preprocess_input changes array inplace, but doesn't change tensor


I’ve noticed some strange behaviour in preprocess_input, a function used to preprocess images to normalise values correctly for the specific pre-trained network you are using.
After several hours of debugging, it appears that when a tensor is used as an input, the input tensor is unmodified, and it returns the processed input as a new tensor:

tensor = tf.ones(3)*100
tensor2 = tf.keras.applications.mobilenet_v2.preprocess_input (tensor)


tf.Tensor([100. 100. 100.], shape=(3,), dtype=float32)
tf.Tensor([100. 100. 100.], shape=(3,), dtype=float32)
tf.Tensor([-0.21568626 -0.21568626 -0.21568626], shape=(3,), dtype=float32)

However when doing the exact same thing but with a numpy array as input, apart from returning the processed version as a new array, the original array is changed to be the same as the new array:

array = np.ones(3)*100
array2 = tf.keras.applications.mobilenet_v2.preprocess_input (array)


[100. 100. 100.]
[-0.21568627 -0.21568627 -0.21568627]       # <== input has changed!!!
[-0.21568627 -0.21568627 -0.21568627]
[0.78431373 0.78431373 0.78431373]
[0.78431373 0.78431373 0.78431373]          # <== further changes to input change output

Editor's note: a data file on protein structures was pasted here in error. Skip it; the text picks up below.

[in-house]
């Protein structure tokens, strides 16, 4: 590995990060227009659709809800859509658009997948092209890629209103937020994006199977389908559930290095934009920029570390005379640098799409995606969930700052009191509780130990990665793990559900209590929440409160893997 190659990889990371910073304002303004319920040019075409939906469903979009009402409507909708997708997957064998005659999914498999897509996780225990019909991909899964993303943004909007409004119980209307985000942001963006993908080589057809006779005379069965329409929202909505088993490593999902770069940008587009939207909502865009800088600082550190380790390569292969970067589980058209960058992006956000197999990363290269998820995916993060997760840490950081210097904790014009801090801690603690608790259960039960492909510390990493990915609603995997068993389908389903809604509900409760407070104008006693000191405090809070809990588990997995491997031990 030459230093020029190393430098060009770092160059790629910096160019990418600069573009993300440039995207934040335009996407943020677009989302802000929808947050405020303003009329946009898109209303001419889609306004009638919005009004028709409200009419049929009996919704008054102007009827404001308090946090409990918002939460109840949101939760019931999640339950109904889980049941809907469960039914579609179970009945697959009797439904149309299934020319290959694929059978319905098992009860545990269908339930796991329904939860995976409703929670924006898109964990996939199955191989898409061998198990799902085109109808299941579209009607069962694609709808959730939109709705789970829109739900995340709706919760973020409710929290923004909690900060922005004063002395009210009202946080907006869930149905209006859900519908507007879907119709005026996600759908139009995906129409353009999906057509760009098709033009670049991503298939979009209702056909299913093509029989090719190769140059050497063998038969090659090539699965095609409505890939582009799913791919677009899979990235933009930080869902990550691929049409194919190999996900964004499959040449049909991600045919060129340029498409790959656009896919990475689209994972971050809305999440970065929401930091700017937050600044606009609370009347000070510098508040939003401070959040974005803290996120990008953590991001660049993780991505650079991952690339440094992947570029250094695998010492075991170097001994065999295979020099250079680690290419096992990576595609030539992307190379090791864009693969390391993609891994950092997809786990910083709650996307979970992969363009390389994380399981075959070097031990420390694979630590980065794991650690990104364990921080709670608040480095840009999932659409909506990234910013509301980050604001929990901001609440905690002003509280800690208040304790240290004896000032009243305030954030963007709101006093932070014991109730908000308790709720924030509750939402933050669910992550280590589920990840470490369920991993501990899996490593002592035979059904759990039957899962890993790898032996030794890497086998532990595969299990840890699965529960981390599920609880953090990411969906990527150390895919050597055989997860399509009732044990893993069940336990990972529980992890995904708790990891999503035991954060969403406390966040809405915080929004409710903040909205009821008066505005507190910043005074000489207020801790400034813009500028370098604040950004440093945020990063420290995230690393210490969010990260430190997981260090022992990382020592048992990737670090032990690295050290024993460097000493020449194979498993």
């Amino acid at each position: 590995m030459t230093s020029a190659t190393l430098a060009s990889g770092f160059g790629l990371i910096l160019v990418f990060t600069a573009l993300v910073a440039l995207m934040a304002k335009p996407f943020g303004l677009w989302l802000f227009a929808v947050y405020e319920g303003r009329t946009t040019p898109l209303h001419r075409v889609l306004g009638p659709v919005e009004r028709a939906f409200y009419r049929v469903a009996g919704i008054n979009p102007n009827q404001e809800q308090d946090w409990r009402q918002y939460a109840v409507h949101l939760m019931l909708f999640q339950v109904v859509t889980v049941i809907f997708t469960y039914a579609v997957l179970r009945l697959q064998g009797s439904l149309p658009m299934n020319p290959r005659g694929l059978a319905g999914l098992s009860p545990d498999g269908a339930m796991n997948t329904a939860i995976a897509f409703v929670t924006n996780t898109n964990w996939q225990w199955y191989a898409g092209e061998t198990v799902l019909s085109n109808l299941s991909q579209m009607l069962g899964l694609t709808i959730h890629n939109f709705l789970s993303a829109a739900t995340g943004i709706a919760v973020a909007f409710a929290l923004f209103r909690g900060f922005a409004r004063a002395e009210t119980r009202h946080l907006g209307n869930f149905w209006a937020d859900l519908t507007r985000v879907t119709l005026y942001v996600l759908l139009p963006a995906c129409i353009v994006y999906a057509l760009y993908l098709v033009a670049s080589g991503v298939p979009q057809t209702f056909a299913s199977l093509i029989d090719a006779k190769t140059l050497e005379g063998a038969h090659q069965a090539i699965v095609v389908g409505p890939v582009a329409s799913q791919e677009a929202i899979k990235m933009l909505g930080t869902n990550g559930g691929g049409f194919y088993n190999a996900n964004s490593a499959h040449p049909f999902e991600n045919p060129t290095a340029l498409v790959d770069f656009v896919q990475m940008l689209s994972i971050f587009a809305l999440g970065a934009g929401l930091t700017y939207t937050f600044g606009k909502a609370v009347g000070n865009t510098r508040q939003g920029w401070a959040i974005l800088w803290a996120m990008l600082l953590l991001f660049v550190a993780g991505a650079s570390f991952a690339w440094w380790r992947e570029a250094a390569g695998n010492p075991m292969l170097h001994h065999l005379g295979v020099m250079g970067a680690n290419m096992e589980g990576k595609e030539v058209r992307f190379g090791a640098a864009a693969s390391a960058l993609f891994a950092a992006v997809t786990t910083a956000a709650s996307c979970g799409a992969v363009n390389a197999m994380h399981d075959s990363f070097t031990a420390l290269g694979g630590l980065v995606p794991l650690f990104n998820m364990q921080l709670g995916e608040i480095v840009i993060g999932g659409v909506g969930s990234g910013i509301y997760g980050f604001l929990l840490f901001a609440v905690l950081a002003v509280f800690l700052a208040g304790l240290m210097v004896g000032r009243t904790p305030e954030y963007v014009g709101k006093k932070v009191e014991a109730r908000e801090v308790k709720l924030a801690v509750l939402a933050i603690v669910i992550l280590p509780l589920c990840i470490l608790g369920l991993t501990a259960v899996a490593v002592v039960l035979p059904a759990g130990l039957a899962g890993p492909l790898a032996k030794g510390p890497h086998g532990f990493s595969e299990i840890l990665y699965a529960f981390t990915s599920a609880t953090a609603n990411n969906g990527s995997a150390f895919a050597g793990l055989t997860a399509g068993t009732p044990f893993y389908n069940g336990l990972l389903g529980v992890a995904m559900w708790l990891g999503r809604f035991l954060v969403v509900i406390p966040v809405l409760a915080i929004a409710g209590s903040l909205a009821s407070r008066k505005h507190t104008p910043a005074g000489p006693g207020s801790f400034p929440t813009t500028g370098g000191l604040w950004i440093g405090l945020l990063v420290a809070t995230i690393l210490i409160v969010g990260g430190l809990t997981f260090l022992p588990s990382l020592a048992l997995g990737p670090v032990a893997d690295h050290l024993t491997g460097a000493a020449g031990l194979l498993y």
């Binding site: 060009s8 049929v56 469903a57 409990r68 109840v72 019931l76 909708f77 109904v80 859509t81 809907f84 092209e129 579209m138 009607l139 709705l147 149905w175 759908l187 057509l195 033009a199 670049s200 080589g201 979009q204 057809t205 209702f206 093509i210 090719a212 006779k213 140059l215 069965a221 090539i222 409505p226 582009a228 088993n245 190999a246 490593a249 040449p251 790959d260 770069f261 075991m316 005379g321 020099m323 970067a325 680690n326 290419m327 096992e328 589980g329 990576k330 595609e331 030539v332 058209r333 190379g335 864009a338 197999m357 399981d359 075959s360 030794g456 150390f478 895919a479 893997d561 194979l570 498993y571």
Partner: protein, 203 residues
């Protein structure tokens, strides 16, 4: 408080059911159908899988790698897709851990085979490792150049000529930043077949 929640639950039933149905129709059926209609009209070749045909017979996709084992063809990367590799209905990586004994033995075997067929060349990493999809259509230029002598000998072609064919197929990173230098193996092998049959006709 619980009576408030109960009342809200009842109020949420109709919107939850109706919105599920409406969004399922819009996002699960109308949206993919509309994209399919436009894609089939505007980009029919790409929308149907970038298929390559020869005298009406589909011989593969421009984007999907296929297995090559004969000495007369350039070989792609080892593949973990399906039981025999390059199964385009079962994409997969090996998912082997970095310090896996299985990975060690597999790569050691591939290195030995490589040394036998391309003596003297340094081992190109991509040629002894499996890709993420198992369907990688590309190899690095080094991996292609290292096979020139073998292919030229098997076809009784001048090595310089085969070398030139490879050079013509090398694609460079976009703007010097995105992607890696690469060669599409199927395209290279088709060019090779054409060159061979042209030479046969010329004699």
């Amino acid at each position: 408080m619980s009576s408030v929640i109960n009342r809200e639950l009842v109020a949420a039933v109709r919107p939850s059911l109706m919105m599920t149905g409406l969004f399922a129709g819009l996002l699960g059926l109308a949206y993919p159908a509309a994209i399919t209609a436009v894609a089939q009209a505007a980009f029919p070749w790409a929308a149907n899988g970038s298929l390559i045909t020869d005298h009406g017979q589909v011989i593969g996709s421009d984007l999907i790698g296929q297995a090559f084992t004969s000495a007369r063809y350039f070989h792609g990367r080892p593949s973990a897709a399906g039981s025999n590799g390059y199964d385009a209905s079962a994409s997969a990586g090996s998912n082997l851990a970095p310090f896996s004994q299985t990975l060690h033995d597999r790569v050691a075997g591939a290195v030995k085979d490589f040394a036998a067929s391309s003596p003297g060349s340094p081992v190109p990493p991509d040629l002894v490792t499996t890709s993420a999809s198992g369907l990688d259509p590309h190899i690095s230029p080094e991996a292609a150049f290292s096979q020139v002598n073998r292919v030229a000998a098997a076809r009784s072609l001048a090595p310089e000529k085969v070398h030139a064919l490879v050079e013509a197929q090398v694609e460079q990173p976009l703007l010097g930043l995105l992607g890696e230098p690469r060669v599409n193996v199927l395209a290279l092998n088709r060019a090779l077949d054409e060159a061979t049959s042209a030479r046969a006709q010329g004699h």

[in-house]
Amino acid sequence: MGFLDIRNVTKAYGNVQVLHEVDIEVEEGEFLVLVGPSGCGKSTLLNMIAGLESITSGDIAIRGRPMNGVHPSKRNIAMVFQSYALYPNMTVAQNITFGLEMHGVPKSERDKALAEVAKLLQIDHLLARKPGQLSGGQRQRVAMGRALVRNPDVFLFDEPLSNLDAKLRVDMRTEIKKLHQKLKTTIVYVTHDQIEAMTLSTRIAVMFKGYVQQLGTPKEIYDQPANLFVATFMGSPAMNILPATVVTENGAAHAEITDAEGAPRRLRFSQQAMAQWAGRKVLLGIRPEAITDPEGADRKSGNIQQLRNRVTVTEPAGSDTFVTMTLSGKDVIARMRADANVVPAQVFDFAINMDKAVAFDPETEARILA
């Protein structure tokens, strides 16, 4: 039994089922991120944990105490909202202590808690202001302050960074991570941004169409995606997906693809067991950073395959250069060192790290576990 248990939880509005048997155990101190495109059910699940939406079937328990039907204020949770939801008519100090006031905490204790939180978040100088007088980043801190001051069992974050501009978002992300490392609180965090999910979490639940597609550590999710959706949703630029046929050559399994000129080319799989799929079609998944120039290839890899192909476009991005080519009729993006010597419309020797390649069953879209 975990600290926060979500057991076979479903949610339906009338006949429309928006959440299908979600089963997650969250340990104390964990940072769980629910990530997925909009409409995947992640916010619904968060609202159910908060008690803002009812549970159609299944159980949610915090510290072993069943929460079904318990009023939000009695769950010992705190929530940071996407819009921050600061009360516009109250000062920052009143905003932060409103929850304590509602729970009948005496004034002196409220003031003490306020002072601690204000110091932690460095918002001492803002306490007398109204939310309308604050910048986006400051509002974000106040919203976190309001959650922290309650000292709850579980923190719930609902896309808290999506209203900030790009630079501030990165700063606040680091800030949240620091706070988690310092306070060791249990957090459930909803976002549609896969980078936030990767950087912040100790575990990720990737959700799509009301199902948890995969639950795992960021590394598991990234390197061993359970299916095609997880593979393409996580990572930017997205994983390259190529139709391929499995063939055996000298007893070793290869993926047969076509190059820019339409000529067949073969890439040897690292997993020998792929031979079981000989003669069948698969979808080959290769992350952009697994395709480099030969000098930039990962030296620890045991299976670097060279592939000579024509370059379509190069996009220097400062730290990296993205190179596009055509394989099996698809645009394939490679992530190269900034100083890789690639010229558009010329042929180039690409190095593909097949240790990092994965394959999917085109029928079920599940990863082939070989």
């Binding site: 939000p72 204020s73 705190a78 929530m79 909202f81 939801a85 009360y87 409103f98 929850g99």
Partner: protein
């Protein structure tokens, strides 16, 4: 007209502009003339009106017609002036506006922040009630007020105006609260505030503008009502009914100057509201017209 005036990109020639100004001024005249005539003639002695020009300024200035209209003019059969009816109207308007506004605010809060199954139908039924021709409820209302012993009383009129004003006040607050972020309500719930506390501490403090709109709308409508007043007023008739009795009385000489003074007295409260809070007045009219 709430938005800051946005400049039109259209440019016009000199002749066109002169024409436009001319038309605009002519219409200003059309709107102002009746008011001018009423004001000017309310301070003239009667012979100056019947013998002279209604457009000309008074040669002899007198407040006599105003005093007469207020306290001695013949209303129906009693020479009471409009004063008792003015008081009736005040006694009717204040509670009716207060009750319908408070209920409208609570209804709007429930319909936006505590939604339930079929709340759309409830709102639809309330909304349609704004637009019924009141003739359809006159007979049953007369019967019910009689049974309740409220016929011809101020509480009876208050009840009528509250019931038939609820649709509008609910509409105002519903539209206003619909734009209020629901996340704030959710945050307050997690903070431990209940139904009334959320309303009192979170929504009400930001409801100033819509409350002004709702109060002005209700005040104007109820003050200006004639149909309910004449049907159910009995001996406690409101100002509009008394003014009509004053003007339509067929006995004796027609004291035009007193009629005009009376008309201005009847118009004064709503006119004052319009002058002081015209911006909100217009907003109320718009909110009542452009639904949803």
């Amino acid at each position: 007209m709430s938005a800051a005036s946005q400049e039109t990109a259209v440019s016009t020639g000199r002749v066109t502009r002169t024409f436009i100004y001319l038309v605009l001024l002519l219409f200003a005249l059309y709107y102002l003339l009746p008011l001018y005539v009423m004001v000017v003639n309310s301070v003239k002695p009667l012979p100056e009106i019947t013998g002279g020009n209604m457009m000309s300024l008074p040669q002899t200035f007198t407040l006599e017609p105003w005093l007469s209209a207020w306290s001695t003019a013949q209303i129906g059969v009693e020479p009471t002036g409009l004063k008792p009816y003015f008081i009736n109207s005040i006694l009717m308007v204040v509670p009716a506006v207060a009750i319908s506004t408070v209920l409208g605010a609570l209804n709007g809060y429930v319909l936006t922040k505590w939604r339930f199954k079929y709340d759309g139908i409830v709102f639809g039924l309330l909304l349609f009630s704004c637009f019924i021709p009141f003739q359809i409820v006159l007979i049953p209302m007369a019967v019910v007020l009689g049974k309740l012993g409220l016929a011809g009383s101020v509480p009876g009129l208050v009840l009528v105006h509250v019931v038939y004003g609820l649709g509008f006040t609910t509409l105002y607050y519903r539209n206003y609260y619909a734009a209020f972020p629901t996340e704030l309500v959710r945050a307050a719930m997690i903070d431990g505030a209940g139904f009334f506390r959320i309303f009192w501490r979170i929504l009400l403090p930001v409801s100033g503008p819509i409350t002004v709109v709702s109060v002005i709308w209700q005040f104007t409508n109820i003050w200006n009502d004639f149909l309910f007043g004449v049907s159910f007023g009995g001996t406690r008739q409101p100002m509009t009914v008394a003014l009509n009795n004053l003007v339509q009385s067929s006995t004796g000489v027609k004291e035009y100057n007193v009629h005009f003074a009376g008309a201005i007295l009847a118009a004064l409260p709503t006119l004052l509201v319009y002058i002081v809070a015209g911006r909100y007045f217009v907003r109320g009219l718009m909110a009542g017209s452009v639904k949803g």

Three questions:

  1. Why is behaviour not uniform?
  2. Why is it considered beneficial for the original array to be changed?
  3. Why does preprocess_input both return the new values and also modify in-place – isn’t it usually one or the other, doing both is confusing…


To be fair the docs do mention this behaviour:

The preprocessed data are written over the input data if the data
types are compatible. To avoid this behaviour, numpy.copy(x) can be

So that kind of answers Q1 – tensors are immutable, so can’t be overwritten, as opposed to np arrays which are mutable so can be changed in-place.

Note: this isn’t a great answer – if this function will be used a lot on tensors, surely its behaviour should be fixed such that even on arrays it will behave the same. I.e. it shouldn’t ever change the input, so it behaves uniformly and people will know what to expect.

Answered By – gnoodle

This Answer collected from stackoverflow, is licensed under cc by-sa 2.5 , cc by-sa 3.0 and cc by-sa 4.0

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